Before a Shinto shrine in Kanazawa, Japan, a slim, elderly man bows deeply from the waist in reverence.  Before the Golden Pavilion in Kyoto, spread in simple elegance over a magnanimous space, lie gardens designed to create a sense of harmony in nature, and in self.  And in the cavernous space of Notre Dame Cathedral in Paris, there is a quiet that beckons to what is deeper in humanity.  Every culture offers something beyond what is to offer tools for negotiating what is so very challenging in this life.  From the tiny synagogue in Taipei to the chapels nestled into Big Sur, there is evidence of the human search for transcendence over centuries.

There is the intellectual piece, carved out in classics like the Kabbala and Augustine’s City of God, the Torah and the New Testament.  These speak in volumes to some, raise questions for others and establish for the scholar what is needed for the soul.  And there are the personal stories, from mythology to today, that reflect lifetimes of search and discovery.  These relate to something else present in the human spirit and sometimes defy the academics with simplicity and purpose.  There are the artists who explore as each one can the magnificence and tragedies of the experiences to share them with others, give some new dimension that can be appreciated by another.  Every tradition, every culture, carries that sense within it.

There is a splendor to the spectacle of it, to the very diversity in it.  And while it is tempting to surrender to the differences among them  and search for absolutes, there are commonalities at the foundation of all that.  To be able to see and appreciate the uniqueness of what each is, finding the common ground is essential.  It is not so much about what is right but more about what is human and meaningful in the pursuit of life for each individual and family, what brings to birth in each a sense of the divine.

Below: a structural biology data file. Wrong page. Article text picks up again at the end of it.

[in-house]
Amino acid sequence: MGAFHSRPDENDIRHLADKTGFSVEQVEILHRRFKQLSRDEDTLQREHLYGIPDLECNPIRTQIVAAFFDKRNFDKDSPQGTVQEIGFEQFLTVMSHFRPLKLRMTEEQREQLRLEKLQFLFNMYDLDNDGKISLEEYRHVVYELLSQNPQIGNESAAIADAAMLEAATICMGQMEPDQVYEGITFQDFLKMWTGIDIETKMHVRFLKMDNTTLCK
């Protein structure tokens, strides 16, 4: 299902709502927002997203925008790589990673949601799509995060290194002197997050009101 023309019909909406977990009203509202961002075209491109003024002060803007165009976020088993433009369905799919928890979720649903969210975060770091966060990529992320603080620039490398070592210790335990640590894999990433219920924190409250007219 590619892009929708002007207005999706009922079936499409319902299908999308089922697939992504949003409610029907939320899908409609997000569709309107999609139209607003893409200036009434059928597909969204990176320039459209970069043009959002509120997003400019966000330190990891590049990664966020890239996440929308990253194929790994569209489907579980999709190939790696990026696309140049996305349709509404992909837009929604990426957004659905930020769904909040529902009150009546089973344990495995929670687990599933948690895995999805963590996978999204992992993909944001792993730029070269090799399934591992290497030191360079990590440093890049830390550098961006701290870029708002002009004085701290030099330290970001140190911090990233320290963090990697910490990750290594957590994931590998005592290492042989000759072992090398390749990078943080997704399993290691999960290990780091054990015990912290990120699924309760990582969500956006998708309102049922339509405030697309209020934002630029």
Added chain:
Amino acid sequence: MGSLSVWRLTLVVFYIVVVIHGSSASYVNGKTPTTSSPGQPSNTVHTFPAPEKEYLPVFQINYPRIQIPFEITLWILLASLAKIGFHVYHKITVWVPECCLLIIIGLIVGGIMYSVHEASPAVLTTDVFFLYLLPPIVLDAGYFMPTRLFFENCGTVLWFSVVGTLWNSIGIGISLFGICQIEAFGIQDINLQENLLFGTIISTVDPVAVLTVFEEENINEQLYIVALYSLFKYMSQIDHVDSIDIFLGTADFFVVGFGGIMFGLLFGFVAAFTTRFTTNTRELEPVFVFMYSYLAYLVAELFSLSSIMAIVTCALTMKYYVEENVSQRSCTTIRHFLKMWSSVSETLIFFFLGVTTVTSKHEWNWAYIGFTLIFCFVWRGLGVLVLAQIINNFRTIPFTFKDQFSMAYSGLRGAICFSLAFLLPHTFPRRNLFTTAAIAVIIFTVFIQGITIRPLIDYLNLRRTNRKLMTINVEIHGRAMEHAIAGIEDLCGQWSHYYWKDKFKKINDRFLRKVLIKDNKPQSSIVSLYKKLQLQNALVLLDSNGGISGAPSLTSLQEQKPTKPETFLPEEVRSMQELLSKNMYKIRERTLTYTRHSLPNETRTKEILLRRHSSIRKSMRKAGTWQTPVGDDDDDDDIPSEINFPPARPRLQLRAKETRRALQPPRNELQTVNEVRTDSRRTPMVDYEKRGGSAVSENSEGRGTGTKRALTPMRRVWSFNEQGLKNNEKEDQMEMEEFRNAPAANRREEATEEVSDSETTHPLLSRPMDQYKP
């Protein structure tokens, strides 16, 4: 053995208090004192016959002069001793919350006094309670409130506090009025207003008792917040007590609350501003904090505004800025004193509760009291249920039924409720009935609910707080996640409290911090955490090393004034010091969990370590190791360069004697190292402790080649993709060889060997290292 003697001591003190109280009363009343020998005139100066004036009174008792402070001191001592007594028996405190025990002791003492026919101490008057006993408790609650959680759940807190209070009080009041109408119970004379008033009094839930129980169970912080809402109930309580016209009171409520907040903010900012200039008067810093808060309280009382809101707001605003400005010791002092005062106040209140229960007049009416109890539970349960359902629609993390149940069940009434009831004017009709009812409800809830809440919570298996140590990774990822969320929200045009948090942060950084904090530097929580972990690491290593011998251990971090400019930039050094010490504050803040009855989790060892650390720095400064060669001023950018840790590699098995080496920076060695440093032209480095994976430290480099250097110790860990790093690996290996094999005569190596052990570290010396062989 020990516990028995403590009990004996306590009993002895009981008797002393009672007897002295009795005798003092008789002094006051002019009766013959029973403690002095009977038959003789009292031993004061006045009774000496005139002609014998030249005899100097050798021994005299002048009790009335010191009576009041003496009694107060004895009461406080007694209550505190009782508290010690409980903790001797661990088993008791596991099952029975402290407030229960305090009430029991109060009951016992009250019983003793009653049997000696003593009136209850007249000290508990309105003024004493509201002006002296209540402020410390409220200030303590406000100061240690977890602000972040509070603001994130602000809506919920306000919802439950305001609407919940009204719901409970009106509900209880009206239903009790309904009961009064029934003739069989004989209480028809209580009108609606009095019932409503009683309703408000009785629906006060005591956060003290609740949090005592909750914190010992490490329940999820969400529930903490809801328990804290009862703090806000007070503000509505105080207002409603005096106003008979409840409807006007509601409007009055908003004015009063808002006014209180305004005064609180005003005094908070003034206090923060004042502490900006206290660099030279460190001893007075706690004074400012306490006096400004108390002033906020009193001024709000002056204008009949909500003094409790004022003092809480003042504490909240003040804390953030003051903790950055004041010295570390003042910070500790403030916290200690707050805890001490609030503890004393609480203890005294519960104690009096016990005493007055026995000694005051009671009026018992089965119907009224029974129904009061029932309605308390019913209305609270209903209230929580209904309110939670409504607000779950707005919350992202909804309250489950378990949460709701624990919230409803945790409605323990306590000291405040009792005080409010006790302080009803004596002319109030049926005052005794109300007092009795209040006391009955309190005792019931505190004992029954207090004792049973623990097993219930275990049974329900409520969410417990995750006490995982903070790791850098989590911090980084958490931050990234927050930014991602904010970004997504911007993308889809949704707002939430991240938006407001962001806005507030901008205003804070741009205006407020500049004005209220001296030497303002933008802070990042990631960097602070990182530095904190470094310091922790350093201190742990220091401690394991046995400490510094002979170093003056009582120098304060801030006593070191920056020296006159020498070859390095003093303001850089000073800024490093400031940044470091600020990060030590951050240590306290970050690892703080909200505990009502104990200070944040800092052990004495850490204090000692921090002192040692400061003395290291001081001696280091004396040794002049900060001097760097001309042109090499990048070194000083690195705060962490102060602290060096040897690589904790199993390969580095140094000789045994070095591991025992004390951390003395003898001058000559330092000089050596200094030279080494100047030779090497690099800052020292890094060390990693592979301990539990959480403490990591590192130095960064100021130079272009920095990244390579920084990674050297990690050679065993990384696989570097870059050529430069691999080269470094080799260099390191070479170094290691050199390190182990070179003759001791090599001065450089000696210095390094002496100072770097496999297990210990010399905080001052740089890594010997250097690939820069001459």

Ultimately, the vastness of the earth and the extent of its majesty in the spectacular nature of a sunrise or the hints of mountains in the distance, the rhythm of the waves upon a shore, are reminders of how very humbling it is to be human.  Nature speaks, and cultures shape the traditions and rituals, the stories and celebrations that enable and empower a genuine appreciation for life itself.

Catholicism with all its flaws and perceived limits is a home base for some.  And the liturgy, the breaking of the bread,  offers that moment of awareness that there is so much more to life. In the reverence and the ritual, there is a place for that sense of gratitude for existence, awe for experience, and appreciation for exposure to something greater than self.  To be an ordinary  Catholic echoes that same sense of reverence as the elderly man bowing deeply at the gate.  Each in their own way.  Each in their own culture.  Each finding significance in other.


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